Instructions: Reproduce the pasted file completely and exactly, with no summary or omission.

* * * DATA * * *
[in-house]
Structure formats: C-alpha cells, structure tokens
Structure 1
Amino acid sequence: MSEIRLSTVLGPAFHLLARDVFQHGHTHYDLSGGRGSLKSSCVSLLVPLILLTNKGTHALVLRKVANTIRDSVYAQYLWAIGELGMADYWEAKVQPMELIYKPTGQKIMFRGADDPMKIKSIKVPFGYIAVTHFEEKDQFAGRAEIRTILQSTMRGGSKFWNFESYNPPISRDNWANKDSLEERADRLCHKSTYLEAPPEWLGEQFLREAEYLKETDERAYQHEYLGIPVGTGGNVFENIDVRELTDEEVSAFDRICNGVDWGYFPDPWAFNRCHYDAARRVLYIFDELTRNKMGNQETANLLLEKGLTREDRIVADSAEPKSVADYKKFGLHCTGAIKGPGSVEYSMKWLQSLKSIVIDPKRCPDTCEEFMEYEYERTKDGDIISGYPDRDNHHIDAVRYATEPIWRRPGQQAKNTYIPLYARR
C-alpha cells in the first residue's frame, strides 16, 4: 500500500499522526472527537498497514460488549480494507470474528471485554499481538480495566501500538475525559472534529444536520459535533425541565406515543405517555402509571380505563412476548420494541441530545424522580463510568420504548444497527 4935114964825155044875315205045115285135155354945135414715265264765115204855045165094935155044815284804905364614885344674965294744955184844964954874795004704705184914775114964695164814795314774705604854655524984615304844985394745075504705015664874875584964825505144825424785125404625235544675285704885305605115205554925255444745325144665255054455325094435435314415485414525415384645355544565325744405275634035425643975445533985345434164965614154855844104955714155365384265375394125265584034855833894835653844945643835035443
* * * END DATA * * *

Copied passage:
[in-house]
Structure formats: C-alpha cells, structure tokens
Structure 1
Amino acid sequence: MSEIRLSTVLGPAFHLLARDVFQHGHTHYDLSGGRGSLKSSCVSLLVPLILLTNKGTHALVLRKVANTIRDSVYAQYLWAIGELGMADYWEAKVQPMELIYKPTGQKIMFRGADDPMKIKSIKVPFGYIAVTHFEEKDQFAGRAEIRTILQSTMRGGSKFWNFESYNPPISRDNWANKDSLEERADRLCHKSTYLEAPPEWLGEQFLREAEYLKETDERAYQHEYLGIPVGTGGNVFENIDVRELTDEEVSAFDRICNGVDWGYFPDPWAFNRCHYDAARRVLYIFDELTRNKMGNQETANLLLEKGLTREDRIVADSAEPKSVADYKKFGLHCTGAIKGPGSVEYSMKWLQSLKSIVIDPKRCPDTCEEFMEYEYERTKDGDIISGYPDRDNHHIDAVRYATEPIWRRPGQQAKNTYIPLYARR
C-alpha cells in the first residue's frame, strides 16, 4: 500500500499522526472527537498497514460488549480494507470474528471485554499481538480495566501500538475525559472534529444536520459535533425541565406515543405517555402509571380505563412476548420494541441530545424522580463510568420504548444497527 4935114964825155044875315205045115285135155354945135414715265264765115204855045165094935155044815284804905364614885344674965294744955184844964954874795004704705184914775114964695164814795314774705604854655524984615304844985394745075504705015664874875584964825505144825424785125404625235544675285704885305605115205554925255444745325144665255054455325094435435314415485414525415384645355544565325744405275634035425643975445533985345434164965614154855844104955714155365384265375394125265584034855833894835653844945643835035443